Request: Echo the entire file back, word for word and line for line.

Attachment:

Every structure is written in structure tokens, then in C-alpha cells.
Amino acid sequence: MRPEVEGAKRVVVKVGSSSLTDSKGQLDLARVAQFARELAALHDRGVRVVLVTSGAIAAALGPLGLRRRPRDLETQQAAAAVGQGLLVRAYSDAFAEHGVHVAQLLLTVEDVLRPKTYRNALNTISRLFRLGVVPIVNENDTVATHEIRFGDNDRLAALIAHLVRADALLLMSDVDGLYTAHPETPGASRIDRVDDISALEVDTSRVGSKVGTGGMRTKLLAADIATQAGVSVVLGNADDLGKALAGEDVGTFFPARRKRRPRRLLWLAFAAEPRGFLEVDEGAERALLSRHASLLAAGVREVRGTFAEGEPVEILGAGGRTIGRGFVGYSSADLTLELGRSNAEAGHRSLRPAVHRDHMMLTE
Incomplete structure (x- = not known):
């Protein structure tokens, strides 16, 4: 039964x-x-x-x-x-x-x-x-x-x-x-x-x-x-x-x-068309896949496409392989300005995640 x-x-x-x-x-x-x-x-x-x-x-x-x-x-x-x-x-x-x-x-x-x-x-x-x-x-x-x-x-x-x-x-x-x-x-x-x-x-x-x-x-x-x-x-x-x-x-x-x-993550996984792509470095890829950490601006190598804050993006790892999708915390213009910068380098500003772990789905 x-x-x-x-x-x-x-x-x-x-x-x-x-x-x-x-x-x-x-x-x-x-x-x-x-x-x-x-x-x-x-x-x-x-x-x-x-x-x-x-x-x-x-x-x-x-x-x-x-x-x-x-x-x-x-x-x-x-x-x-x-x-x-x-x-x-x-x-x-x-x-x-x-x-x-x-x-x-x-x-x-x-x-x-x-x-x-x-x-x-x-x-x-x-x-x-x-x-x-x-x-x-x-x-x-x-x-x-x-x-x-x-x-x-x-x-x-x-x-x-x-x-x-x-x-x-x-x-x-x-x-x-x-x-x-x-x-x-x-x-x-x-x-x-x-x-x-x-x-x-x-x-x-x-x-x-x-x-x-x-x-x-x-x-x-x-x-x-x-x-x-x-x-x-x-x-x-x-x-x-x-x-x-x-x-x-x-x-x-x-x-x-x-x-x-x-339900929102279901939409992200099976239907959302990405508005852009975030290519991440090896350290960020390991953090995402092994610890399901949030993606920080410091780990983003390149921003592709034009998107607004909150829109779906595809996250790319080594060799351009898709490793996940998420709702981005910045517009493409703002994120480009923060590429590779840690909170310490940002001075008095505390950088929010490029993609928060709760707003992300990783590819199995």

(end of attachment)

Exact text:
Every structure is written in structure tokens, then in C-alpha cells.
Amino acid sequence: MRPEVEGAKRVVVKVGSSSLTDSKGQLDLARVAQFARELAALHDRGVRVVLVTSGAIAAALGPLGLRRRPRDLETQQAAAAVGQGLLVRAYSDAFAEHGVHVAQLLLTVEDVLRPKTYRNALNTISRLFRLGVVPIVNENDTVATHEIRFGDNDRLAALIAHLVRADALLLMSDVDGLYTAHPETPGASRIDRVDDISALEVDTSRVGSKVGTGGMRTKLLAADIATQAGVSVVLGNADDLGKALAGEDVGTFFPARRKRRPRRLLWLAFAAEPRGFLEVDEGAERALLSRHASLLAAGVREVRGTFAEGEPVEILGAGGRTIGRGFVGYSSADLTLELGRSNAEAGHRSLRPAVHRDHMMLTE
Incomplete structure (x- = not known):
């Protein structure tokens, strides 16, 4: 039964x-x-x-x-x-x-x-x-x-x-x-x-x-x-x-x-068309896949496409392989300005995640 x-x-x-x-x-x-x-x-x-x-x-x-x-x-x-x-x-x-x-x-x-x-x-x-x-x-x-x-x-x-x-x-x-x-x-x-x-x-x-x-x-x-x-x-x-x-x-x-x-993550996984792509470095890829950490601006190598804050993006790892999708915390213009910068380098500003772990789905 x-x-x-x-x-x-x-x-x-x-x-x-x-x-x-x-x-x-x-x-x-x-x-x-x-x-x-x-x-x-x-x-x-x-x-x-x-x-x-x-x-x-x-x-x-x-x-x-x-x-x-x-x-x-x-x-x-x-x-x-x-x-x-x-x-x-x-x-x-x-x-x-x-x-x-x-x-x-x-x-x-x-x-x-x-x-x-x-x-x-x-x-x-x-x-x-x-x-x-x-x-x-x-x-x-x-x-x-x-x-x-x-x-x-x-x-x-x-x-x-x-x-x-x-x-x-x-x-x-x-x-x-x-x-x-x-x-x-x-x-x-x-x-x-x-x-x-x-x-x-x-x-x-x-x-x-x-x-x-x-x-x-x-x-x-x-x-x-x-x-x-x-x-x-x-x-x-x-x-x-x-x-x-x-x-x-x-x-x-x-x-x-x-x-x-x-339900929102279901939409992200099976239907959302990405508005852009975030290519991440090896350290960020390991953090995402092994610890399901949030993606920080410091780990983003390149921003592709034009998107607004909150829109779906595809996250790319080594060799351009898709490793996940998420709702981005910045517009493409703002994120480009923060590429590779840690909170310490940002001075008095505390950088929010490029993609928060709760707003992300990783590819199995």